I stumbled upon a post in a public forum where the writer opined it was better for adults to get married early in order to forestall the possibility of attending Parent-Teacher Association (PTA) Meetings at the age of 50. As expected, the controversial viewpoint generated varying comments from members of the group.
While a section of the group agreed with the poster’s thoughts, others frowned at it, labelling it a notion that wittingly or unwittingly put pressure on those who were yet to be married, were yet to have kids or had kids later in life.
The subject of age and milestones that should accompany them is a never-ending debate. Every day, someone somewhere is reminding us that we are getting older and should have achieved this and that.
Recruiting firms and corporate organisations cut candidates off based on their age. It doesn’t matter if the oldest applicant is the most competent, they will be disqualified because they do not quite cut the picture of a young, exciting personality who may only have youth (a factor they have contributed nothing to) going for them.
Women are reminded of their biological clock and how they should be more concerned about providing evidence of their womanhood rather than slaying when they are yet to be married at a certain age.
Social Media commentators sneer when older folks get married or remarry. They wonder why a 45-year-old woman should be tying the knot when 25-year-olds are struggling to hold down a relationship. At 45, your life should be over; at least when it comes to the romantic or sexual department.
For men, it’s the pressure of being successful and possessing money. Lots of it. As they advance in age, their value is increasingly defined by what they can bring to the table in terms of naira and kobo. Nothing else matters.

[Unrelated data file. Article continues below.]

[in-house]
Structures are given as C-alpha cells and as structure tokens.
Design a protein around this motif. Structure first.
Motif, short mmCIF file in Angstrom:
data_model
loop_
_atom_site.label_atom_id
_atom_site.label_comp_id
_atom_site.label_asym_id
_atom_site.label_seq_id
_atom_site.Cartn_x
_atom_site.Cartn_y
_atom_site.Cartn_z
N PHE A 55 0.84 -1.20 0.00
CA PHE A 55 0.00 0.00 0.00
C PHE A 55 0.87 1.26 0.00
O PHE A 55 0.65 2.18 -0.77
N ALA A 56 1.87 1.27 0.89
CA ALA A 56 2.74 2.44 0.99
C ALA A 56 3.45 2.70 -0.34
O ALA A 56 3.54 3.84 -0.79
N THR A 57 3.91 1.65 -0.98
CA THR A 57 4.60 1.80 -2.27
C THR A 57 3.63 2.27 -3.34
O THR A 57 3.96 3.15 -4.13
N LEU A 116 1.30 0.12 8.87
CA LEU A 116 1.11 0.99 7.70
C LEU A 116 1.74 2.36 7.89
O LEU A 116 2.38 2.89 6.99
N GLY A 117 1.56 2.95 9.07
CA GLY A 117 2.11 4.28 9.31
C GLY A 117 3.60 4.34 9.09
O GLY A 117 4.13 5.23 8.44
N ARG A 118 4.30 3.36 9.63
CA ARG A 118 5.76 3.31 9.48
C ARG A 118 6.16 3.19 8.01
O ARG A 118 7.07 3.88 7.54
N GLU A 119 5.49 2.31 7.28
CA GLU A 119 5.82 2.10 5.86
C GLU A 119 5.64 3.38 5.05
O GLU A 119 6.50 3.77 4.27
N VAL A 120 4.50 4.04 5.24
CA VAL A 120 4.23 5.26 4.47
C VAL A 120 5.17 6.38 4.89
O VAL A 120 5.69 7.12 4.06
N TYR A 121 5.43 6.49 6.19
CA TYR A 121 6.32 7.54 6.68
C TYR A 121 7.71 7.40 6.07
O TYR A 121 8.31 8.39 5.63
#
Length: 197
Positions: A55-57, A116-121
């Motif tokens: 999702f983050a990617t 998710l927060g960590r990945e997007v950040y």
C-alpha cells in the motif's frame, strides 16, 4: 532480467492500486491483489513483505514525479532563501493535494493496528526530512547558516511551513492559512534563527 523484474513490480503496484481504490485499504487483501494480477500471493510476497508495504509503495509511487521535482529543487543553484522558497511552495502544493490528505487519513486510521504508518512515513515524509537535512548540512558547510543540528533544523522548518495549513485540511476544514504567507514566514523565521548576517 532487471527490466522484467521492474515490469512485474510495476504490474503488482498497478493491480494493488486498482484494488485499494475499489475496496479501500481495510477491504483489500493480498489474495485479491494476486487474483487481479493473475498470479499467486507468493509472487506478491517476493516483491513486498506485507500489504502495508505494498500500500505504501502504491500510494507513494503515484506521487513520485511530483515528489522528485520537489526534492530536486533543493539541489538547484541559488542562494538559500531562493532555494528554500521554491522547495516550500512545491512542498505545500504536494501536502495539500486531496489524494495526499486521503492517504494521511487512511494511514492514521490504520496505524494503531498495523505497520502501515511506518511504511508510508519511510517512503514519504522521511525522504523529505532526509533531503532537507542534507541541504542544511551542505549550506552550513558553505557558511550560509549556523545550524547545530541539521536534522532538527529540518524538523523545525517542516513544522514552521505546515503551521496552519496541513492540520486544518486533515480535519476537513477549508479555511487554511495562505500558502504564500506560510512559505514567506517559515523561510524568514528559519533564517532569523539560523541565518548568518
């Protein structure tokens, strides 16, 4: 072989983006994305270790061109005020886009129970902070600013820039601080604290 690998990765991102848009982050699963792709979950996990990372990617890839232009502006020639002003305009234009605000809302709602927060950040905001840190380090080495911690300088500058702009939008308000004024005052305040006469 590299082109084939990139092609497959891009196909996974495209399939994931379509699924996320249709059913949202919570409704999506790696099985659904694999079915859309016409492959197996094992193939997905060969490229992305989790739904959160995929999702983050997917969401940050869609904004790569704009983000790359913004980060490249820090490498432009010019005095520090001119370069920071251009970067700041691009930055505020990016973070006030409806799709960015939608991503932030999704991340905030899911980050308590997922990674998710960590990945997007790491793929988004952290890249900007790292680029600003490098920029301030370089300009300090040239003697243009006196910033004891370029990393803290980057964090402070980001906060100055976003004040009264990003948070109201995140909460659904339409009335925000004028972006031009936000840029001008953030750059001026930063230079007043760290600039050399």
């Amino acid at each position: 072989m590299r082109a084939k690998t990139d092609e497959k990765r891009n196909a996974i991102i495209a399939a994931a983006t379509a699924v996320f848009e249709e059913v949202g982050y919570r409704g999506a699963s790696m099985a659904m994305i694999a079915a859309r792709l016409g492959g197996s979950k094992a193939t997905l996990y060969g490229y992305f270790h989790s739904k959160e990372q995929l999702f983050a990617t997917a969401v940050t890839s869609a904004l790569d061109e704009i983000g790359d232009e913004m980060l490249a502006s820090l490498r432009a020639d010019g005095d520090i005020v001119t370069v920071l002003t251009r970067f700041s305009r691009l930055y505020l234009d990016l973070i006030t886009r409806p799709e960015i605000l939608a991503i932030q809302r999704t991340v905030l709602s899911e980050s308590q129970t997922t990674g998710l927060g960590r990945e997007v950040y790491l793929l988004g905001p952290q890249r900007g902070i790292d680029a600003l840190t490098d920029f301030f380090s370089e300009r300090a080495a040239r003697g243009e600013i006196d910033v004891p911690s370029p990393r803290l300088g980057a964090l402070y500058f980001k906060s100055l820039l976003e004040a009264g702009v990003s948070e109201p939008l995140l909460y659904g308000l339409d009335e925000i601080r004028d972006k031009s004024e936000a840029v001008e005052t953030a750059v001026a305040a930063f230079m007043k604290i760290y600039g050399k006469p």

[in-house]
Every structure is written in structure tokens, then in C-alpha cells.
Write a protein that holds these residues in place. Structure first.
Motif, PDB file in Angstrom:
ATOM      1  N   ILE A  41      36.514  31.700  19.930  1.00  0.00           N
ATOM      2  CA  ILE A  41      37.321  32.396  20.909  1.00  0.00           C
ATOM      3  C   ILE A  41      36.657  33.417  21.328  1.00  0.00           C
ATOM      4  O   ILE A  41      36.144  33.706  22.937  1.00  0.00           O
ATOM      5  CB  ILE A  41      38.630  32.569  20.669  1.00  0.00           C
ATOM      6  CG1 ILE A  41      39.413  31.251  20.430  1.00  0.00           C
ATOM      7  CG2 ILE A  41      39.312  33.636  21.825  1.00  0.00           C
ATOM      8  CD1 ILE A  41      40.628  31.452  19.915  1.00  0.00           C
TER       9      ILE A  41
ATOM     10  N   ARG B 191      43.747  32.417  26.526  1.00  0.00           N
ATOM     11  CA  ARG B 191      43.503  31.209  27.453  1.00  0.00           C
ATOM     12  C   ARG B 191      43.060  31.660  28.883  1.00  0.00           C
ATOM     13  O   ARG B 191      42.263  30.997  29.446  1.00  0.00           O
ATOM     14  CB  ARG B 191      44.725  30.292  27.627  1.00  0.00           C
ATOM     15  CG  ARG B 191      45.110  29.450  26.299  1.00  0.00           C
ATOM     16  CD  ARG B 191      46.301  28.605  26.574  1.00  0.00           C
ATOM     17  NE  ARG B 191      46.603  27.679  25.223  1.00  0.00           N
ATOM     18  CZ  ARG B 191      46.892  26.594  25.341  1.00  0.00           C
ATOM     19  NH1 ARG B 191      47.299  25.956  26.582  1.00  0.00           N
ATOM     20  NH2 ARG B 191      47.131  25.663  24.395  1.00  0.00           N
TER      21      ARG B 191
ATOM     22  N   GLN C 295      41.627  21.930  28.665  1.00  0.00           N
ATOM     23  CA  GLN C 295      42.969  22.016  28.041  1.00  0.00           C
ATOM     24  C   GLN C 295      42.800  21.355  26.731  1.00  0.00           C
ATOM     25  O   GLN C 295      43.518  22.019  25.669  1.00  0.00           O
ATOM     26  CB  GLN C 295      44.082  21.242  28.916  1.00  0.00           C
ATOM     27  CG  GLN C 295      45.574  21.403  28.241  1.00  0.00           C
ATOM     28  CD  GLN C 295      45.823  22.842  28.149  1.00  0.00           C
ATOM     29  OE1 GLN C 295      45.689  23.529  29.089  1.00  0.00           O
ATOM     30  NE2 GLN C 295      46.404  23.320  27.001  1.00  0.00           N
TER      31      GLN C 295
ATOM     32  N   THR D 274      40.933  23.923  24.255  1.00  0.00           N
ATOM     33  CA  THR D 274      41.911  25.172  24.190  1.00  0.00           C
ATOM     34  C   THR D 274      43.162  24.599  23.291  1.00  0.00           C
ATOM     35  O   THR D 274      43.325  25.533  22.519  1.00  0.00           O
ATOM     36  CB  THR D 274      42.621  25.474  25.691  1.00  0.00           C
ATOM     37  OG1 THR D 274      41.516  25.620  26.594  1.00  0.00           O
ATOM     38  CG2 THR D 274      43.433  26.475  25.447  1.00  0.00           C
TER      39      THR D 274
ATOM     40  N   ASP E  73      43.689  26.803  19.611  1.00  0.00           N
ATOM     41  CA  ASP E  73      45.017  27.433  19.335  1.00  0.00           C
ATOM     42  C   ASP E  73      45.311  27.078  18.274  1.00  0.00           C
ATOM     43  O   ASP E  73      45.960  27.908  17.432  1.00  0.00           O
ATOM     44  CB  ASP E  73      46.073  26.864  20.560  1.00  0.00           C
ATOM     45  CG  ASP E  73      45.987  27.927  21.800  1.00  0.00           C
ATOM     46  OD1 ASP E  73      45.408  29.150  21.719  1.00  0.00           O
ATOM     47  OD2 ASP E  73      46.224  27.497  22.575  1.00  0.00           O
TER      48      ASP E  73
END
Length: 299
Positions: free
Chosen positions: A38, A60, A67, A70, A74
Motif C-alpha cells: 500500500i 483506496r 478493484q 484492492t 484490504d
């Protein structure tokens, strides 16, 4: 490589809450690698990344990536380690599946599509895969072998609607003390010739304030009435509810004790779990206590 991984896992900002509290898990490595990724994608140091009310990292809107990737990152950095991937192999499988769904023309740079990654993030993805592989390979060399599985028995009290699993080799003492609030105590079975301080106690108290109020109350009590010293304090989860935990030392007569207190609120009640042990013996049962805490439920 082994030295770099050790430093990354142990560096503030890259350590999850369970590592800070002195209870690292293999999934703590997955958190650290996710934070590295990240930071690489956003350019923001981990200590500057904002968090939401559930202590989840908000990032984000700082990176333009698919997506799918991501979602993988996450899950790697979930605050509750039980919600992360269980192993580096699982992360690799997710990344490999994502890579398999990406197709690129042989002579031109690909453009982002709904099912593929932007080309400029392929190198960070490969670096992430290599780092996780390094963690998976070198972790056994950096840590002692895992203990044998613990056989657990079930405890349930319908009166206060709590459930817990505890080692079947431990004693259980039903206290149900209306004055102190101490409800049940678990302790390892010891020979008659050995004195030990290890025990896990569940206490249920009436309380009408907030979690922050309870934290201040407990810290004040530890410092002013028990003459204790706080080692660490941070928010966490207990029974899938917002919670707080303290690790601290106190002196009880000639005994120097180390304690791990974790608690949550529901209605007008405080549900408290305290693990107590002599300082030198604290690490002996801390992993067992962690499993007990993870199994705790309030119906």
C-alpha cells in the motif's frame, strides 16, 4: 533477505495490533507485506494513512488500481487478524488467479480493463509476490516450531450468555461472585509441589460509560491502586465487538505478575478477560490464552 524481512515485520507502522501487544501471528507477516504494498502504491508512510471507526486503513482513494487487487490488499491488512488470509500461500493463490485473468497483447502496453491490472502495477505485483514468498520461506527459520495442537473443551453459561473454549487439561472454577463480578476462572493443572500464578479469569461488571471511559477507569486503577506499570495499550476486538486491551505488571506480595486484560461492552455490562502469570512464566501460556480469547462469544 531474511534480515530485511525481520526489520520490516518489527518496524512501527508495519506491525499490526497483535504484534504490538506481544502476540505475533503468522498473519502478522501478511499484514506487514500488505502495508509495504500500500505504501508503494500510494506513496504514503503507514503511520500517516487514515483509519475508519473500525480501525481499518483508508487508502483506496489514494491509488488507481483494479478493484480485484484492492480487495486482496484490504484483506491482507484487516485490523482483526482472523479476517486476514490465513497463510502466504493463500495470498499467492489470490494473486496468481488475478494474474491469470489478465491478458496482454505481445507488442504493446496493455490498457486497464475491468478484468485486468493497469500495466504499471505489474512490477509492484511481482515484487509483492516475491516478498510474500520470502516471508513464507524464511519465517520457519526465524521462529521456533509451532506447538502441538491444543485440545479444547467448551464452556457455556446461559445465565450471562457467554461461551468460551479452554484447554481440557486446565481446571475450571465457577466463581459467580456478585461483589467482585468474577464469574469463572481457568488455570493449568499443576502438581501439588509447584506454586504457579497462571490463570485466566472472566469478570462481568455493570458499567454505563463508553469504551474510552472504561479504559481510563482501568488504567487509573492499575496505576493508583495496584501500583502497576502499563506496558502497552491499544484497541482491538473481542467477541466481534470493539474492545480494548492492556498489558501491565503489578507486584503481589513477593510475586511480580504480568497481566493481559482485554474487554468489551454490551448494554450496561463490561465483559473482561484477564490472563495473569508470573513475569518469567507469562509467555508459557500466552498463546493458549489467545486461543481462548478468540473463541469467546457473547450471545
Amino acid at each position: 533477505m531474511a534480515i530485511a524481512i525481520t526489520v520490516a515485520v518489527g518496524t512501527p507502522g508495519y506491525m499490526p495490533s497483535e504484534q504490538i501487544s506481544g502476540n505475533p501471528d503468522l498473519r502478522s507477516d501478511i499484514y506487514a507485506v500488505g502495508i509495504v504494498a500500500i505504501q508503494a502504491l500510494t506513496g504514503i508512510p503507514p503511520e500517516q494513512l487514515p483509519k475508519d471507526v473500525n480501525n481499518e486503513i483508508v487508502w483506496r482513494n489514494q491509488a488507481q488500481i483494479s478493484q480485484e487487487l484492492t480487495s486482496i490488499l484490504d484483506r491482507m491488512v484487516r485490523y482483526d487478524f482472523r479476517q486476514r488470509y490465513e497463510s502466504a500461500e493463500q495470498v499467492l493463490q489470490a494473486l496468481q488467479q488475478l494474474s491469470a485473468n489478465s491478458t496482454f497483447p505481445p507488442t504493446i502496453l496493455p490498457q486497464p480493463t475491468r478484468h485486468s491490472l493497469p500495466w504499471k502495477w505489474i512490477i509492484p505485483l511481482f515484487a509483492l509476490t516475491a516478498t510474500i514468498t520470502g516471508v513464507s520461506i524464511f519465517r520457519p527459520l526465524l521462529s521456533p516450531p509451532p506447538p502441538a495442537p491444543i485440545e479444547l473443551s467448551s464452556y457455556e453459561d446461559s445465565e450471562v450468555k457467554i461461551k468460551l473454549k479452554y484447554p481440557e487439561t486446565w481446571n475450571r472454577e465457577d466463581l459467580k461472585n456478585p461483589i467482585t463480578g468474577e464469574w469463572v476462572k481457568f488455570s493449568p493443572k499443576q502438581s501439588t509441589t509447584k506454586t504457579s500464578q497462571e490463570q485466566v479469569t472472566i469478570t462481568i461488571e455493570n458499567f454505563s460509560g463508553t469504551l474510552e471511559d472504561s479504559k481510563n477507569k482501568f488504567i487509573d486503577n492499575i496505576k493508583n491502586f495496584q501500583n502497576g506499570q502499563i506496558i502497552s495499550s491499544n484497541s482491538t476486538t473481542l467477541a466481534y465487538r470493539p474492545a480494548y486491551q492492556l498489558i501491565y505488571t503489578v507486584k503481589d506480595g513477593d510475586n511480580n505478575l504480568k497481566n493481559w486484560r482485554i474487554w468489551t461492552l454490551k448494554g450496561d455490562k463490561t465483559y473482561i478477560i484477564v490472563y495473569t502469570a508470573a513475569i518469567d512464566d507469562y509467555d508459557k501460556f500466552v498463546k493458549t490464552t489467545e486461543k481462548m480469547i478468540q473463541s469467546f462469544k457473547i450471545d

Get into a mild argument with random Jane online and she’d be quick to ascribe your refusal to see things her way to your “old age.” Young people derive pleasure in deriding the older ones. The latter’s call for a cautious and circumspect approach to issues is tagged “old school”.
Without a doubt, ageism continues to be a stumbling block to us as a society. The notion that older people are less useful or incapable of contributing to issues in a world that evolves at the speed of light is rife, which is an irony because most of the most advanced nations of the world aren’t ruled by young people.
It’s important to state that this prejudice against the elderly is more common in Africa, perhaps because they are perceived as the root cause of the repertoire of problems the continent is buckling under.
However, even the middle-aged are not left out of this bias.
Folks in their late forties to fifties are mocked for “refusing to grow old” when they jettison the agbada or iro and buba for a tank top and a pair of shorts. Their views are shouted down as being archaic when it doesn’t align with today’s way of reasoning which is premised on wokeness and not out of real conviction.
We are uncomfortable when senior citizens refuse to shrink; when they are visible and vocal and unafraid to say their piece without equivocation. And honestly, it would be laughable if it wasn’t so worrisome.
The reason is glaring: as long as their life isn’t cut short by illness, accident, fate or suicide, everybody will grow old. As your read this, you are growing older; it is inevitable. You do not have any control over it. Undergoing series of cosmetic surgeries or being blessed with great looks does not take a second out of your actual age.
Like we are inclined to say, “It is what it is!”
Ageing is a phenomenon that should be embraced, and in fact, revered because it often comes with invaluable experience and insight.
When a youngster insults the elderly for no other reason other than their advancement in years, they are implying they are disinterested in attaining that status. Another irony because most of us say the loudest “Amen” when our clergies pray we are blessed with long life.
Not sure how we can fix this anomaly, but I hope this piece helps you to see what you’re doing wrong if you’re guilty of this needless gerontophobia.
Who else thinks that the information reported in the article is a bit out of date? Don’t we have absolutely different figures now? I googled several comparing sites and all of them provided different details. Best of all was COMPACOM review. Only verified information, references to trusted sources, examples, and case studies really attracted my attention.
Hi Orville! Thanks for your contribution. I haven’t quoted any sources in my essay so I’m not exactly sure what you mean when you refer to “trusted sources, information etc” seeing that I have written about my observation using Africa, in particular, as context.